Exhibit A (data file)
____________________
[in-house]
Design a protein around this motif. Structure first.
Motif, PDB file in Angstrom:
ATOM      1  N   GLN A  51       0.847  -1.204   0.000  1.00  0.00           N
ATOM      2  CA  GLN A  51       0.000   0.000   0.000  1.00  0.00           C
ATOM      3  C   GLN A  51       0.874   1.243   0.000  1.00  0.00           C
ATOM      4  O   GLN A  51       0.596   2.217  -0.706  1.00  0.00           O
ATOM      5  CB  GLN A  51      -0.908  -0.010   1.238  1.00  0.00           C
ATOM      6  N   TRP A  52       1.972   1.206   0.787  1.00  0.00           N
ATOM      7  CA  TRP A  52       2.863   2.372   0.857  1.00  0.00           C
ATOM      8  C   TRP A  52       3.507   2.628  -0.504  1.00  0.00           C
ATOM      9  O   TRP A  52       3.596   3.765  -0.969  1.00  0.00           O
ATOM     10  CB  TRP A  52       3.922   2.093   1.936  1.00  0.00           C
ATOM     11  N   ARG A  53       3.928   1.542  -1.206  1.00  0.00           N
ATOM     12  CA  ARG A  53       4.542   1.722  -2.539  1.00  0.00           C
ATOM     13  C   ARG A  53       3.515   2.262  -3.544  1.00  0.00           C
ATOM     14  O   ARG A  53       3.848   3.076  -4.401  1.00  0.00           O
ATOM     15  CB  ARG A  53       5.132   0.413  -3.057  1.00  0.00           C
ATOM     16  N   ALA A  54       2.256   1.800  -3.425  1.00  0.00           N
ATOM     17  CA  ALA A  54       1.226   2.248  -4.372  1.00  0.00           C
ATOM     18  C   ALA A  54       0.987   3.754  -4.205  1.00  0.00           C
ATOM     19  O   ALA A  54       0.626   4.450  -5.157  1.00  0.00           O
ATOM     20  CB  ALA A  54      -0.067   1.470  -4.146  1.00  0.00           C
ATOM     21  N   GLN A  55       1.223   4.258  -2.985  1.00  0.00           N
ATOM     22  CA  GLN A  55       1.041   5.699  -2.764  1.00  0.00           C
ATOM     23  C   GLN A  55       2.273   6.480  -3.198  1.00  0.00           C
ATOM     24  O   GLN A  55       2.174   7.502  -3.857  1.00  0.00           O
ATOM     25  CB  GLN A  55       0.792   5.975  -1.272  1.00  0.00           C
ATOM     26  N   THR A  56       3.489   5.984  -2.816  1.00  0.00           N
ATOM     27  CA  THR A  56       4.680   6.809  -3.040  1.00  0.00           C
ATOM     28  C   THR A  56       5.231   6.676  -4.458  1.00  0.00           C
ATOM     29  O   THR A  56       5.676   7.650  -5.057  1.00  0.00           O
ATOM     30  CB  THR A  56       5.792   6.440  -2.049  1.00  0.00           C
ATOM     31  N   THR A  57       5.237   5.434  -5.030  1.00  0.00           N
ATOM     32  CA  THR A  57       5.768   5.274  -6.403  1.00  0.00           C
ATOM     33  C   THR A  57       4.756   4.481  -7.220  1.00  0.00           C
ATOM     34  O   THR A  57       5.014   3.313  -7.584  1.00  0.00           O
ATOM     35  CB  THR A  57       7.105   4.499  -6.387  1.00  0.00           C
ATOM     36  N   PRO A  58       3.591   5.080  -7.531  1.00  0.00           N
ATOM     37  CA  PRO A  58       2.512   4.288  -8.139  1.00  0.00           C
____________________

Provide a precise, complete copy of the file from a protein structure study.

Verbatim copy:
[in-house]
Design a protein around this motif. Structure first.
Motif, PDB file in Angstrom:
ATOM      1  N   GLN A  51       0.847  -1.204   0.000  1.00  0.00           N
ATOM      2  CA  GLN A  51       0.000   0.000   0.000  1.00  0.00           C
ATOM      3  C   GLN A  51       0.874   1.243   0.000  1.00  0.00           C
ATOM      4  O   GLN A  51       0.596   2.217  -0.706  1.00  0.00           O
ATOM      5  CB  GLN A  51      -0.908  -0.010   1.238  1.00  0.00           C
ATOM      6  N   TRP A  52       1.972   1.206   0.787  1.00  0.00           N
ATOM      7  CA  TRP A  52       2.863   2.372   0.857  1.00  0.00           C
ATOM      8  C   TRP A  52       3.507   2.628  -0.504  1.00  0.00           C
ATOM      9  O   TRP A  52       3.596   3.765  -0.969  1.00  0.00           O
ATOM     10  CB  TRP A  52       3.922   2.093   1.936  1.00  0.00           C
ATOM     11  N   ARG A  53       3.928   1.542  -1.206  1.00  0.00           N
ATOM     12  CA  ARG A  53       4.542   1.722  -2.539  1.00  0.00           C
ATOM     13  C   ARG A  53       3.515   2.262  -3.544  1.00  0.00           C
ATOM     14  O   ARG A  53       3.848   3.076  -4.401  1.00  0.00           O
ATOM     15  CB  ARG A  53       5.132   0.413  -3.057  1.00  0.00           C
ATOM     16  N   ALA A  54       2.256   1.800  -3.425  1.00  0.00           N
ATOM     17  CA  ALA A  54       1.226   2.248  -4.372  1.00  0.00           C
ATOM     18  C   ALA A  54       0.987   3.754  -4.205  1.00  0.00           C
ATOM     19  O   ALA A  54       0.626   4.450  -5.157  1.00  0.00           O
ATOM     20  CB  ALA A  54      -0.067   1.470  -4.146  1.00  0.00           C
ATOM     21  N   GLN A  55       1.223   4.258  -2.985  1.00  0.00           N
ATOM     22  CA  GLN A  55       1.041   5.699  -2.764  1.00  0.00           C
ATOM     23  C   GLN A  55       2.273   6.480  -3.198  1.00  0.00           C
ATOM     24  O   GLN A  55       2.174   7.502  -3.857  1.00  0.00           O
ATOM     25  CB  GLN A  55       0.792   5.975  -1.272  1.00  0.00           C
ATOM     26  N   THR A  56       3.489   5.984  -2.816  1.00  0.00           N
ATOM     27  CA  THR A  56       4.680   6.809  -3.040  1.00  0.00           C
ATOM     28  C   THR A  56       5.231   6.676  -4.458  1.00  0.00           C
ATOM     29  O   THR A  56       5.676   7.650  -5.057  1.00  0.00           O
ATOM     30  CB  THR A  56       5.792   6.440  -2.049  1.00  0.00           C
ATOM     31  N   THR A  57       5.237   5.434  -5.030  1.00  0.00           N
ATOM     32  CA  THR A  57       5.768   5.274  -6.403  1.00  0.00           C
ATOM     33  C   THR A  57       4.756   4.481  -7.220  1.00  0.00           C
ATOM     34  O   THR A  57       5.014   3.313  -7.584  1.00  0.00           O
ATOM     35  CB  THR A  57       7.105   4.499  -6.387  1.00  0.00           C
ATOM     36  N   PRO A  58       3.591   5.080  -7.531  1.00  0.00           N
ATOM     37  CA  PRO A  58       2.512   4.288  -8.139  1.00  0.00           C